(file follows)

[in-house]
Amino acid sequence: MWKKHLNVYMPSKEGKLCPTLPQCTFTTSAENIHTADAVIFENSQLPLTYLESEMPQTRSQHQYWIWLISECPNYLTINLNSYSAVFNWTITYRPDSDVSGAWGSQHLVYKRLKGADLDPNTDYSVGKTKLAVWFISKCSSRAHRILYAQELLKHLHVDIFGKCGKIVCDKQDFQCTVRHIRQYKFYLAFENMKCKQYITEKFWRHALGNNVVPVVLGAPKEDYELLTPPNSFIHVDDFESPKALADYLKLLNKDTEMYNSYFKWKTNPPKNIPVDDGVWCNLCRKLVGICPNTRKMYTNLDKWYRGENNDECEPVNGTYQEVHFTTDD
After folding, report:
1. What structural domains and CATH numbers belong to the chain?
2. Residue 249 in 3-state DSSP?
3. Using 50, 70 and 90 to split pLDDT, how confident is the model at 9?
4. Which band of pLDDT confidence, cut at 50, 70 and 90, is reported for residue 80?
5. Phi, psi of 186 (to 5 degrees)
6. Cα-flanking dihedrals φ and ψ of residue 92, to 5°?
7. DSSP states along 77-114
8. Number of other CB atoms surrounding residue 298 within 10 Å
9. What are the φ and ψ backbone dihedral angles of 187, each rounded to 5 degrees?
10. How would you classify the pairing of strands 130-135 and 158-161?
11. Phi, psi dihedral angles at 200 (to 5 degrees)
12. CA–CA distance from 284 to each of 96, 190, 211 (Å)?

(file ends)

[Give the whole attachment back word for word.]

[in-house]
Amino acid sequence: MWKKHLNVYMPSKEGKLCPTLPQCTFTTSAENIHTADAVIFENSQLPLTYLESEMPQTRSQHQYWIWLISECPNYLTINLNSYSAVFNWTITYRPDSDVSGAWGSQHLVYKRLKGADLDPNTDYSVGKTKLAVWFISKCSSRAHRILYAQELLKHLHVDIFGKCGKIVCDKQDFQCTVRHIRQYKFYLAFENMKCKQYITEKFWRHALGNNVVPVVLGAPKEDYELLTPPNSFIHVDDFESPKALADYLKLLNKDTEMYNSYFKWKTNPPKNIPVDDGVWCNLCRKLVGICPNTRKMYTNLDKWYRGENNDECEPVNGTYQEVHFTTDD
After folding, report:
1. What structural domains and CATH numbers belong to the chain?
2. Residue 249 in 3-state DSSP?
3. Using 50, 70 and 90 to split pLDDT, how confident is the model at 9?
4. Which band of pLDDT confidence, cut at 50, 70 and 90, is reported for residue 80?
5. Phi, psi of 186 (to 5 degrees)
6. Cα-flanking dihedrals φ and ψ of residue 92, to 5°?
7. DSSP states along 77-114
8. Number of other CB atoms surrounding residue 298 within 10 Å
9. What are the φ and ψ backbone dihedral angles of 187, each rounded to 5 degrees?
10. How would you classify the pairing of strands 130-135 and 158-161?
11. Phi, psi dihedral angles at 200 (to 5 degrees)
12. CA–CA distance from 284 to each of 96, 190, 211 (Å)?